Block party unites Watts community
Damu Barnes, 32, bounced his 1-year-old daughter on his knee Saturday while keeping one eye on his son playing in the courtyard of Nickerson Gardens.
Nearby, hundreds of hot dogs grilled on oversized barbecues, a gospel choir prepared to sing and about 200 of Barnes’ neighbors gathered amid colorful balloons for the first Nickerson Gardens Community Family Block Party at the largest public housing project west of the Mississippi.
For Barnes, who grew up in the sprawling Watts complex, the day reminded him of the neighborhood of his youth.
“Everything is different now,” he said. “When I was younger, everybody knew everybody. If you were out playing over there, your mama could just pick up the phone and call over there to check on you.”
Now, Barnes said, many neighbors don’t know each other, and events like the block party are needed to bring people together.
The event was planned by the Nickerson Gardens Resident Management Corp., a tenant leadership council, said Katherine Williams, who has lived in the project for 24 years. It grew out of frustrations she and other residents have with the public perception that the area is only a dangerous and violent place.
“We are some hardworking people up in here,” Williams said. “We have problems, yes, but it’s nothing compared to who we are.”
Watts community activists said the block party is one of two celebrations this summer showing residents bonding in ways that Williams said “would have been unheard of even five years ago.”
A weekend street festival was held in May on Central Avenue, where hundreds turned out for carnival-type rides.
“A lot of first stuff going on,” Williams, 57, said Saturday. “I hope there’s a second and third.”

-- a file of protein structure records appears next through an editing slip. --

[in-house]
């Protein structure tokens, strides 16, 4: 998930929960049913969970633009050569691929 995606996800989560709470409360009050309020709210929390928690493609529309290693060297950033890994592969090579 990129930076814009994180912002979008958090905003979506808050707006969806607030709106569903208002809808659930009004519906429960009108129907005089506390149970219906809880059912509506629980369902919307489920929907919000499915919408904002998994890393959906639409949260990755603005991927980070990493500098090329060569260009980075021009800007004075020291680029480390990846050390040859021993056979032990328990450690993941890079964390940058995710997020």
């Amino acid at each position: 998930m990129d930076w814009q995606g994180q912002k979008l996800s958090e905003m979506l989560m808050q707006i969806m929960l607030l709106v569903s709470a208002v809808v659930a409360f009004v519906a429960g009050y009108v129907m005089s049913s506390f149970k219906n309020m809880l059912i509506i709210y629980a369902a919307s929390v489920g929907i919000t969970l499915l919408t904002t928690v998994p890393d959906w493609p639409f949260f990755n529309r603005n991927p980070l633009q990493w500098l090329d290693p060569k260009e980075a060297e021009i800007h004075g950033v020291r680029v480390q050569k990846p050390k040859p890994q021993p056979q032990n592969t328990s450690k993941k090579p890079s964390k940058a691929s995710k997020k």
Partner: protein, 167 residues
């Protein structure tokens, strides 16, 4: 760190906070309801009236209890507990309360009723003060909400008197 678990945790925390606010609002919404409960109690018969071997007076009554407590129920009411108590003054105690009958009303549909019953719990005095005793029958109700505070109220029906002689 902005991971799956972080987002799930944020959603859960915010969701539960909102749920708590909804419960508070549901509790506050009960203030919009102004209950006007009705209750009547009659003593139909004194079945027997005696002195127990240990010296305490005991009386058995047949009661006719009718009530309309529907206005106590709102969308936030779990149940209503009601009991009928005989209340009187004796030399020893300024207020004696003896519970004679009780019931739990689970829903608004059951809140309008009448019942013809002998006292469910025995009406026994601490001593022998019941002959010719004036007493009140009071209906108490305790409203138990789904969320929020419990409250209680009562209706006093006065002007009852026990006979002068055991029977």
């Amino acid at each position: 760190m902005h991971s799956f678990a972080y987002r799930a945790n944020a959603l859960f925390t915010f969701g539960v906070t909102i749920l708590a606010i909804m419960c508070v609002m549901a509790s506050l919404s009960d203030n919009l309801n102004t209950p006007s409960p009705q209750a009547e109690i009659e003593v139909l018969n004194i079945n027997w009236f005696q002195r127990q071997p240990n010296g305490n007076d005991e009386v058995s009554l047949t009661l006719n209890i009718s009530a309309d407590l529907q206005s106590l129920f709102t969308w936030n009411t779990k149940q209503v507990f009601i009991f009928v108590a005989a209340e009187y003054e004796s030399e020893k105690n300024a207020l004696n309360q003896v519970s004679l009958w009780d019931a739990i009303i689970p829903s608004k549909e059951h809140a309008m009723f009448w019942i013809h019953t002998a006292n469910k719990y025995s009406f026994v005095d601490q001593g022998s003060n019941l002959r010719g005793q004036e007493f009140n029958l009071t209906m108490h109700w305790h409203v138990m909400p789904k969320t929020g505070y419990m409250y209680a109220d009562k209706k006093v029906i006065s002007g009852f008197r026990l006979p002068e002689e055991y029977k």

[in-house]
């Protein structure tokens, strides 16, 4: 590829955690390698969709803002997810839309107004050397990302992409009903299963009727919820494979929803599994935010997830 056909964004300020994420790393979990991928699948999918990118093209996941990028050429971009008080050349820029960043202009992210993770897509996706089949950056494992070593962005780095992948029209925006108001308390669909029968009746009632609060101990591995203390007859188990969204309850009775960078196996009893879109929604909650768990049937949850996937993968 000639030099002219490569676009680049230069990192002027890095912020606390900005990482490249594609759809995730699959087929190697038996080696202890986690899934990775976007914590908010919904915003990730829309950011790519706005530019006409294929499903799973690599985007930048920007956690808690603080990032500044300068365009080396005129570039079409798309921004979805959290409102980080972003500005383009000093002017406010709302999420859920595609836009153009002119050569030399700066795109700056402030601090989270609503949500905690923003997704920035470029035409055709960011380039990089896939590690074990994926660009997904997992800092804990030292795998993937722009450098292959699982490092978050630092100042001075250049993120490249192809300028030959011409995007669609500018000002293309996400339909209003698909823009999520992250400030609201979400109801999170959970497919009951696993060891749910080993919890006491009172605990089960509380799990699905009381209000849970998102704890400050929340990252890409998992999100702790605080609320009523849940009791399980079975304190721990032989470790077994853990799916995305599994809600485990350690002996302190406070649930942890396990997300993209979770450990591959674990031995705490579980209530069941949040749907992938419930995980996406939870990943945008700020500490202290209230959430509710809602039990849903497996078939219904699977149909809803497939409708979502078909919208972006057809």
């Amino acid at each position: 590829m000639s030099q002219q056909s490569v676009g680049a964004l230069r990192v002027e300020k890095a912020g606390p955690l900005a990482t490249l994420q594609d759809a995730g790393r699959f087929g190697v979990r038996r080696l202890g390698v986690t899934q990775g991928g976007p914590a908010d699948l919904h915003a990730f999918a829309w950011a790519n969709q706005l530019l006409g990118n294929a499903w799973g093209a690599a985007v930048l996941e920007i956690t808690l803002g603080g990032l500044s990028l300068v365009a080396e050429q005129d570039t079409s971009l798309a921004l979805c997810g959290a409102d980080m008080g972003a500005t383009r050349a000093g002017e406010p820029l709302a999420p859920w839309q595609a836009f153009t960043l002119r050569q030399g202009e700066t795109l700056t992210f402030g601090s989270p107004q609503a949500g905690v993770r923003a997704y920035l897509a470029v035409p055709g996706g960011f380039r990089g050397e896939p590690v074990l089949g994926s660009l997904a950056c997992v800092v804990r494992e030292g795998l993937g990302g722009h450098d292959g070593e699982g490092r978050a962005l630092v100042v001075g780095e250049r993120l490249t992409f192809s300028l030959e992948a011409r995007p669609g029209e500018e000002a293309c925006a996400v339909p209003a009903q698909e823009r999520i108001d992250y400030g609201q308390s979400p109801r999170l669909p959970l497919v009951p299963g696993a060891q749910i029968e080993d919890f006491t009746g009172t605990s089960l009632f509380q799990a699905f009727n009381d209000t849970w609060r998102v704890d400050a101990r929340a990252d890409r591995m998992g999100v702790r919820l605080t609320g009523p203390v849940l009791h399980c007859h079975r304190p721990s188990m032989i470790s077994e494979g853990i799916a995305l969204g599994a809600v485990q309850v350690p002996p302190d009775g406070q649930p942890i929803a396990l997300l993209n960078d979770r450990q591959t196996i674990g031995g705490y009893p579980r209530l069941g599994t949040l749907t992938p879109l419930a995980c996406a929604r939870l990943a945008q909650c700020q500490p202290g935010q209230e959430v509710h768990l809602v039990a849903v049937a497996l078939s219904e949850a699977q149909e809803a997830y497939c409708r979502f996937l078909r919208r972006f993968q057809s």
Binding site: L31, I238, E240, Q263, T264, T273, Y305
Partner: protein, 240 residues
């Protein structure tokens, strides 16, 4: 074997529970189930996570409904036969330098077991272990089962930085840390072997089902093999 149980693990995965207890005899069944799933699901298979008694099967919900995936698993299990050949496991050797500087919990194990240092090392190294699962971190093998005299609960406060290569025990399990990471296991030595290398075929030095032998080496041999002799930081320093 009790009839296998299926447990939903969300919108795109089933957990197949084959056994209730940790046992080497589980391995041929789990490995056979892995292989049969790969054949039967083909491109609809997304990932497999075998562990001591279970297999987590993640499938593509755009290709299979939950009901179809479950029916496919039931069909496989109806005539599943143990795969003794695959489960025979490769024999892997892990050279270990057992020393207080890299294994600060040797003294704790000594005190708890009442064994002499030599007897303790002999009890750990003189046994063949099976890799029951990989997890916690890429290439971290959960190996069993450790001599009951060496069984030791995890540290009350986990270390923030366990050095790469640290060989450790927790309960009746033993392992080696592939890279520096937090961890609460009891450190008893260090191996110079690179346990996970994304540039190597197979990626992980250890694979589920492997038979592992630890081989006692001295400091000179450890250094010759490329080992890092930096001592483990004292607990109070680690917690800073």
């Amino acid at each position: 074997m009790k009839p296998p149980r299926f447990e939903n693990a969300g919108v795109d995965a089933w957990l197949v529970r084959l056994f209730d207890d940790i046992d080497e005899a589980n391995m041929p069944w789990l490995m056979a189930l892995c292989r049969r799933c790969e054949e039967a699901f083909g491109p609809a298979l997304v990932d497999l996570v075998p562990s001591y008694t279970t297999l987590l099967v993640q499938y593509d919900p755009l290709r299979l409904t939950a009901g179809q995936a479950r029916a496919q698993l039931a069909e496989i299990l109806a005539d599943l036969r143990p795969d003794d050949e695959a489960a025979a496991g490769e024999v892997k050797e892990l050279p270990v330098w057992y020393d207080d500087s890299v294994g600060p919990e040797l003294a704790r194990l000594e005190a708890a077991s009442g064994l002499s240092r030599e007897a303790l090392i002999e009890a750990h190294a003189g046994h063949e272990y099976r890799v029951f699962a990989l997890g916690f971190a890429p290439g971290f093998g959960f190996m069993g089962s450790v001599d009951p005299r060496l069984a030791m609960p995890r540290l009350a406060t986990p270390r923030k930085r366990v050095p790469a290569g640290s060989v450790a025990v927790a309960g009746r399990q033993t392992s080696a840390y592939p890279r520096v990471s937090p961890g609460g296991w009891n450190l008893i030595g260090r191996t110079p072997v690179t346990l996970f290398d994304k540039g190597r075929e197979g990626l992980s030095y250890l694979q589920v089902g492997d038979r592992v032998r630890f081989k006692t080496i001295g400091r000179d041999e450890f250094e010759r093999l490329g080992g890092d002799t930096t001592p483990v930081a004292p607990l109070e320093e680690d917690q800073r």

Donny Joubert, a member of the Watts Gang Task Force and 40-year Nickerson Gardens resident, said activists also hope the celebrations offer black and Latino families an opportunity to come together in a festive atmosphere.
“This is big, this is what we work for every day,” he said. The events signify that “it’s time for change.”
The street festival “was great,” Joubert said. “The black and brown out there with their kids and families, it was just good.”
Dozens of children bounced on inflatable gyms and grabbed sticks of cotton candy and munched popcorn.
Residents were asked to bring a dish and a dollar to help with costs.
A few hundred yards away, the more than 50-member sanctuary choir of the Glory Bound Missionary Baptist Church prepared to entertain with songs including “How Excellent” and “Matthew 28.”
Los Angeles City Councilwoman Janice Hahn said last week that the block party was an extension of work done by the Watts Gang Task Force, which has sponsored many new programs in recent years.
She pointed to the street festival, the Moonlight basketball league and an improved relationship between residents and police as other examples of change.
“I think this is the next step,” Hahn said. “An old-fashioned community block party.”